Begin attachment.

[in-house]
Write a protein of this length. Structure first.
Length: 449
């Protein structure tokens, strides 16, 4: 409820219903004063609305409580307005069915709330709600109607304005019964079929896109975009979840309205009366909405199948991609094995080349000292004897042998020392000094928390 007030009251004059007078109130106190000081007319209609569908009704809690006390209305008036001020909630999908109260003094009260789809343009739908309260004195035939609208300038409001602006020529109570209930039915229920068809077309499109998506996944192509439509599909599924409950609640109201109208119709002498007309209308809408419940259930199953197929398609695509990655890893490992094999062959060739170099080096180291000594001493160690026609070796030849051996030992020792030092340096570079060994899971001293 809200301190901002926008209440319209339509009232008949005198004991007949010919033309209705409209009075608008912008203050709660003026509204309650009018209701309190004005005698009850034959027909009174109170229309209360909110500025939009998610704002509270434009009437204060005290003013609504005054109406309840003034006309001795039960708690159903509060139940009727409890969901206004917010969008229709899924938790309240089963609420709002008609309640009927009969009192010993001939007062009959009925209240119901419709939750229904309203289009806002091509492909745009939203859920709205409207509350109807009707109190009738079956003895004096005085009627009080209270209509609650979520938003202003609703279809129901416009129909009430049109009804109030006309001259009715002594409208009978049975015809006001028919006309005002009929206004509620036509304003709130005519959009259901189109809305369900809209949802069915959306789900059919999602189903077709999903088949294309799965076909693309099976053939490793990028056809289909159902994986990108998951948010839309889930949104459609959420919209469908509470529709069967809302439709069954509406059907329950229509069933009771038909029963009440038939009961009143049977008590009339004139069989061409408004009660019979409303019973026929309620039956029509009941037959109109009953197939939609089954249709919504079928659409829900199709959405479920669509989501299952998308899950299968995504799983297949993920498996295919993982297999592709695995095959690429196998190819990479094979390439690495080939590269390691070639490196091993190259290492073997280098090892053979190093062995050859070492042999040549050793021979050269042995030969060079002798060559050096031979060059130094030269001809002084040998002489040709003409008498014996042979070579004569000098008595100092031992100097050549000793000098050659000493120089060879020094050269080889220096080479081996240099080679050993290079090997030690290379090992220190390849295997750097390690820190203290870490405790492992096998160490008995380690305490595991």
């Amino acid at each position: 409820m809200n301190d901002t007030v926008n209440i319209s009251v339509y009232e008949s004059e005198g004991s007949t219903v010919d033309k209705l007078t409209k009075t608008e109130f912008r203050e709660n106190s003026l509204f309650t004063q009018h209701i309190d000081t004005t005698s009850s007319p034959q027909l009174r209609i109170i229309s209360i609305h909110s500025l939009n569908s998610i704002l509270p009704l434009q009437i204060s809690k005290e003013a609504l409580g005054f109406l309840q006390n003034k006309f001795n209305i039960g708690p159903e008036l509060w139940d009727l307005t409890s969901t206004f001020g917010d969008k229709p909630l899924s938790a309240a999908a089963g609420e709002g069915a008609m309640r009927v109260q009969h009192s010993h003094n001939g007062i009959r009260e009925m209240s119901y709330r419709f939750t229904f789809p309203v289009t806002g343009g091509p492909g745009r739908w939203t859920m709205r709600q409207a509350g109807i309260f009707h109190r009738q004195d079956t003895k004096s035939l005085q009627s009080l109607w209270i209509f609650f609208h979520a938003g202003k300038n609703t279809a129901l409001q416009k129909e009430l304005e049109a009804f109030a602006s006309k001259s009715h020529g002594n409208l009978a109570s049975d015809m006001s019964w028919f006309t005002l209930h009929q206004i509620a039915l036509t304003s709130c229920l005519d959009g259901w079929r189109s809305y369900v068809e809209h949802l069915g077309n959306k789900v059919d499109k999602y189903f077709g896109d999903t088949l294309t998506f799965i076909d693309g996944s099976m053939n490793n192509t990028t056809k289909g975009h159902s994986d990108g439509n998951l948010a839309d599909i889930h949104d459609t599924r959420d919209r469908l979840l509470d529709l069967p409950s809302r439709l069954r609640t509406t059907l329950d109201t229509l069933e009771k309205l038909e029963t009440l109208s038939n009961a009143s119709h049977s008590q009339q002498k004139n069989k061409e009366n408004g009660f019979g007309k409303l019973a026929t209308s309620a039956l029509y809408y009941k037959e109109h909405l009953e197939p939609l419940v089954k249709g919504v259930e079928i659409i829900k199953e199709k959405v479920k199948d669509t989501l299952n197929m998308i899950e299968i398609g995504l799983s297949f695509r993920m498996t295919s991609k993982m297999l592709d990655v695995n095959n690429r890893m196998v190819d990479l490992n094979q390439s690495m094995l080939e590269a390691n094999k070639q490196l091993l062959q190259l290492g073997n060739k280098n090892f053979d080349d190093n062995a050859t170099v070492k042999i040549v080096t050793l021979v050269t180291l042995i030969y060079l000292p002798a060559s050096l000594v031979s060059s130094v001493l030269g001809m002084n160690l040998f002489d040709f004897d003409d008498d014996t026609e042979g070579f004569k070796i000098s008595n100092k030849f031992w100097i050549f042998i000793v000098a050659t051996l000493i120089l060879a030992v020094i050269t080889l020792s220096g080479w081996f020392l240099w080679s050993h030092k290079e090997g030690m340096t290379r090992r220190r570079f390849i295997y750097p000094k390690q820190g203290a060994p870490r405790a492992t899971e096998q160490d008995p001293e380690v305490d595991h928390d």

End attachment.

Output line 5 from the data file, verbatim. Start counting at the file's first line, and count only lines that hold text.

């Amino acid at each position: 409820m809200n301190d901002t007030v926008n209440i319209s009251v339509y009232e008949s004059e005198g004991s007949t219903v010919d033309k209705l007078t409209k009075t608008e109130f912008r203050e709660n106190s003026l509204f309650t004063q009018h209701i309190d000081t004005t005698s009850s007319p034959q027909l009174r209609i109170i229309s209360i609305h909110s500025l939009n569908s998610i704002l509270p009704l434009q009437i204060s809690k005290e003013a609504l409580g005054f109406l309840q006390n003034k006309f001795n209305i039960g708690p159903e008036l509060w139940d009727l307005t409890s969901t206004f001020g917010d969008k229709p909630l899924s938790a309240a999908a089963g609420e709002g069915a008609m309640r009927v109260q009969h009192s010993h003094n001939g007062i009959r009260e009925m209240s119901y709330r419709f939750t229904f789809p309203v289009t806002g343009g091509p492909g745009r739908w939203t859920m709205r709600q409207a509350g109807i309260f009707h109190r009738q004195d079956t003895k004096s035939l005085q009627s009080l109607w209270i209509f609650f609208h979520a938003g202003k300038n609703t279809a129901l409001q416009k129909e009430l304005e049109a009804f109030a602006s006309k001259s009715h020529g002594n409208l009978a109570s049975d015809m006001s019964w028919f006309t005002l209930h009929q206004i509620a039915l036509t304003s709130c229920l005519d959009g259901w079929r189109s809305y369900v068809e809209h949802l069915g077309n959306k789900v059919d499109k999602y189903f077709g896109d999903t088949l294309t998506f799965i076909d693309g996944s099976m053939n490793n192509t990028t056809k289909g975009h159902s994986d990108g439509n998951l948010a839309d599909i889930h949104d459609t599924r959420d919209r469908l979840l509470d529709l069967p409950s809302r439709l069954r609640t509406t059907l329950d109201t229509l069933e009771k309205l038909e029963t009440l109208s038939n009961a009143s119709h049977s008590q009339q002498k004139n069989k061409e009366n408004g009660f019979g007309k409303l019973a026929t209308s309620a039956l029509y809408y009941k037959e109109h909405l009953e197939p939609l419940v089954k249709g919504v259930e079928i659409i829900k199953e199709k959405v479920k199948d669509t989501l299952n197929m998308i899950e299968i398609g995504l799983s297949f695509r993920m498996t295919s991609k993982m297999l592709d990655v695995n095959n690429r890893m196998v190819d990479l490992n094979q390439s690495m094995l080939e590269a390691n094999k070639q490196l091993l062959q190259l290492g073997n060739k280098n090892f053979d080349d190093n062995a050859t170099v070492k042999i040549v080096t050793l021979v050269t180291l042995i030969y060079l000292p002798a060559s050096l000594v031979s060059s130094v001493l030269g001809m002084n160690l040998f002489d040709f004897d003409d008498d014996t026609e042979g070579f004569k070796i000098s008595n100092k030849f031992w100097i050549f042998i000793v000098a050659t051996l000493i120089l060879a030992v020094i050269t080889l020792s220096g080479w081996f020392l240099w080679s050993h030092k290079e090997g030690m340096t290379r090992r220190r570079f390849i295997y750097p000094k390690q820190g203290a060994p870490r405790a492992t899971e096998q160490d008995p001293e380690v305490d595991h928390d």